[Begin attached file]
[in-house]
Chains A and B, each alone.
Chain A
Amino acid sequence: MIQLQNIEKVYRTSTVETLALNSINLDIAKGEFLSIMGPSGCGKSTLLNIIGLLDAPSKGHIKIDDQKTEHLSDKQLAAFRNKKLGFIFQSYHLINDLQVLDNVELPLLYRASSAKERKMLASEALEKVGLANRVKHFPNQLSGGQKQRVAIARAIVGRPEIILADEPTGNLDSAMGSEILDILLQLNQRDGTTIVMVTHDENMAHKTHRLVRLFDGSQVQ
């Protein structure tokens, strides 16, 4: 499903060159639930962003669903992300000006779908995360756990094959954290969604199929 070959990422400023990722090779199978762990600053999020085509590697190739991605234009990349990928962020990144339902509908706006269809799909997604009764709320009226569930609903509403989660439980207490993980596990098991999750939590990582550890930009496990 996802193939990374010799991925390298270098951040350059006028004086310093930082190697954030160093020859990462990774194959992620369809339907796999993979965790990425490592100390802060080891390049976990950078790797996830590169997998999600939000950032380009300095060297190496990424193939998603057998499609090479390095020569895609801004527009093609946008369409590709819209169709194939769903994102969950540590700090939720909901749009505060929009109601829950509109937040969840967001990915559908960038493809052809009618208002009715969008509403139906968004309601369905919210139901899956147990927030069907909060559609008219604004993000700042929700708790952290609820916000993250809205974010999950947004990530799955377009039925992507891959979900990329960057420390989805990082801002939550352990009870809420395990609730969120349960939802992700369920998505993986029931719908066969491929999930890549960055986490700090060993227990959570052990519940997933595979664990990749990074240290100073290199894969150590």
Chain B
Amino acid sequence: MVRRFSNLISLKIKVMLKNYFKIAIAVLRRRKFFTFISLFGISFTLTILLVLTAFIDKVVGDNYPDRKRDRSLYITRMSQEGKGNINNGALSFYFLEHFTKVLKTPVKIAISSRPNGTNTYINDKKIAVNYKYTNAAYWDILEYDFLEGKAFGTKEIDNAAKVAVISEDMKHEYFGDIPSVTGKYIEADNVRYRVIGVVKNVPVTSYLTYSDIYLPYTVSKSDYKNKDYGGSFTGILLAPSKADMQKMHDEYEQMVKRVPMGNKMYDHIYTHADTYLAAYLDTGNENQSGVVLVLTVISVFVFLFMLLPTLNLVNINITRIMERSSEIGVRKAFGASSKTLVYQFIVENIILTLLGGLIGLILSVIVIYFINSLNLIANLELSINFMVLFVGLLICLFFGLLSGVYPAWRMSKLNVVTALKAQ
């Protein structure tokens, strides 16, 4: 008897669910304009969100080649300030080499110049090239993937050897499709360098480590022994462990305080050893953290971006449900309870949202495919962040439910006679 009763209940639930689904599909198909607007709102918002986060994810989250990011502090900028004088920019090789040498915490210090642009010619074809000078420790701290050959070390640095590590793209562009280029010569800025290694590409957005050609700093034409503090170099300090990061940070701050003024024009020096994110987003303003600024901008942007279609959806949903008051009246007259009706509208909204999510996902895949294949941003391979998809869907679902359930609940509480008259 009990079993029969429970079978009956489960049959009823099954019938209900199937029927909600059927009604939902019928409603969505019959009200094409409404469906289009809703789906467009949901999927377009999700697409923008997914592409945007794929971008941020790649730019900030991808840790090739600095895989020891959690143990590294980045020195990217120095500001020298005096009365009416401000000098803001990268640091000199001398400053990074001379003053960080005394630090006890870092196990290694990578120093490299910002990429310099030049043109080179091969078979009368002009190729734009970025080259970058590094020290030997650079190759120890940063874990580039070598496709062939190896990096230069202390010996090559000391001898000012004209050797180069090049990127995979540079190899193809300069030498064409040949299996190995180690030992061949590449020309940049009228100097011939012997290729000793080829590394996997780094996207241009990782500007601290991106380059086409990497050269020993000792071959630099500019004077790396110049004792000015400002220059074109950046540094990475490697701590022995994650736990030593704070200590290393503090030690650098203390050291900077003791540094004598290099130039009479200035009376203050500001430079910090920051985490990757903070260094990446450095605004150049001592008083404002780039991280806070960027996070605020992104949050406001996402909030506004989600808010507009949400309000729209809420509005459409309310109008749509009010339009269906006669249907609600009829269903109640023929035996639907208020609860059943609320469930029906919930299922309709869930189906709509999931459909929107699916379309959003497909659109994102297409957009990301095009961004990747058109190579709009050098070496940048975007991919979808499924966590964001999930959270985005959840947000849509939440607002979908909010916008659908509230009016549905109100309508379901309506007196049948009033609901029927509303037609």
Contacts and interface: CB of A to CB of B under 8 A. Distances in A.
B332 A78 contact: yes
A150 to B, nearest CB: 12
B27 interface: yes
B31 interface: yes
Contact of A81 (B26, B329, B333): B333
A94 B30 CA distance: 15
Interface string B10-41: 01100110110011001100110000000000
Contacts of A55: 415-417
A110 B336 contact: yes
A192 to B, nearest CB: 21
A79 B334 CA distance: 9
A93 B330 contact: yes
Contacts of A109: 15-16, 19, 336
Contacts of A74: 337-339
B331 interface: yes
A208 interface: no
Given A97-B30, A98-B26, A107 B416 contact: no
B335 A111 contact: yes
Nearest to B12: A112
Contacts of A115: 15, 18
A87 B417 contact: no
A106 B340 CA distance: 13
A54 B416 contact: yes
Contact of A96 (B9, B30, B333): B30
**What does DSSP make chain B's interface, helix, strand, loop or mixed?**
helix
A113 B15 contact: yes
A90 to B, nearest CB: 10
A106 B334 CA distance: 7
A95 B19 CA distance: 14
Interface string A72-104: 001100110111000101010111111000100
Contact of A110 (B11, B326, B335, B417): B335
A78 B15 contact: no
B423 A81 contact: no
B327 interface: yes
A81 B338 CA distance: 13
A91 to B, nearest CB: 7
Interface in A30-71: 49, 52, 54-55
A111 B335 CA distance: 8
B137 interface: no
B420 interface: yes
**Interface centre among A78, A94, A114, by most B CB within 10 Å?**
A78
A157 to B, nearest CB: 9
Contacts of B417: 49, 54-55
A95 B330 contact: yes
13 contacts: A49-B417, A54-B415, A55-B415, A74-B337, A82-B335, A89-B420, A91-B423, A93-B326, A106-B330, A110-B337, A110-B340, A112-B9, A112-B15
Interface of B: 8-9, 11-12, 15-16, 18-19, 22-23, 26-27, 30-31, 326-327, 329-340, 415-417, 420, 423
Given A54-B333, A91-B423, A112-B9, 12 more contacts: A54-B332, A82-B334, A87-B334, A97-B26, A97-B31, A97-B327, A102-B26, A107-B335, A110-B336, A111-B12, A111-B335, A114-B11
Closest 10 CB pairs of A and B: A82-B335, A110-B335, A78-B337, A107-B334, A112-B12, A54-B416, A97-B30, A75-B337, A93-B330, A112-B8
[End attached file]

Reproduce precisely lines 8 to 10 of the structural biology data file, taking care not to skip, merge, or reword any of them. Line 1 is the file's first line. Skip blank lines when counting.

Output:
């Protein structure tokens, strides 16, 4: 008897669910304009969100080649300030080499110049090239993937050897499709360098480590022994462990305080050893953290971006449900309870949202495919962040439910006679 009763209940639930689904599909198909607007709102918002986060994810989250990011502090900028004088920019090789040498915490210090642009010619074809000078420790701290050959070390640095590590793209562009280029010569800025290694590409957005050609700093034409503090170099300090990061940070701050003024024009020096994110987003303003600024901008942007279609959806949903008051009246007259009706509208909204999510996902895949294949941003391979998809869907679902359930609940509480008259 009990079993029969429970079978009956489960049959009823099954019938209900199937029927909600059927009604939902019928409603969505019959009200094409409404469906289009809703789906467009949901999927377009999700697409923008997914592409945007794929971008941020790649730019900030991808840790090739600095895989020891959690143990590294980045020195990217120095500001020298005096009365009416401000000098803001990268640091000199001398400053990074001379003053960080005394630090006890870092196990290694990578120093490299910002990429310099030049043109080179091969078979009368002009190729734009970025080259970058590094020290030997650079190759120890940063874990580039070598496709062939190896990096230069202390010996090559000391001898000012004209050797180069090049990127995979540079190899193809300069030498064409040949299996190995180690030992061949590449020309940049009228100097011939012997290729000793080829590394996997780094996207241009990782500007601290991106380059086409990497050269020993000792071959630099500019004077790396110049004792000015400002220059074109950046540094990475490697701590022995994650736990030593704070200590290393503090030690650098203390050291900077003791540094004598290099130039009479200035009376203050500001430079910090920051985490990757903070260094990446450095605004150049001592008083404002780039991280806070960027996070605020992104949050406001996402909030506004989600808010507009949400309000729209809420509005459409309310109008749509009010339009269906006669249907609600009829269903109640023929035996639907208020609860059943609320469930029906919930299922309709869930189906709509999931459909929107699916379309959003497909659109994102297409957009990301095009961004990747058109190579709009050098070496940048975007991919979808499924966590964001999930959270985005959840947000849509939440607002979908909010916008659908509230009016549905109100309508379901309506007196049948009033609901029927509303037609």
Contacts and interface: CB of A to CB of B under 8 A. Distances in A.
B332 A78 contact: yes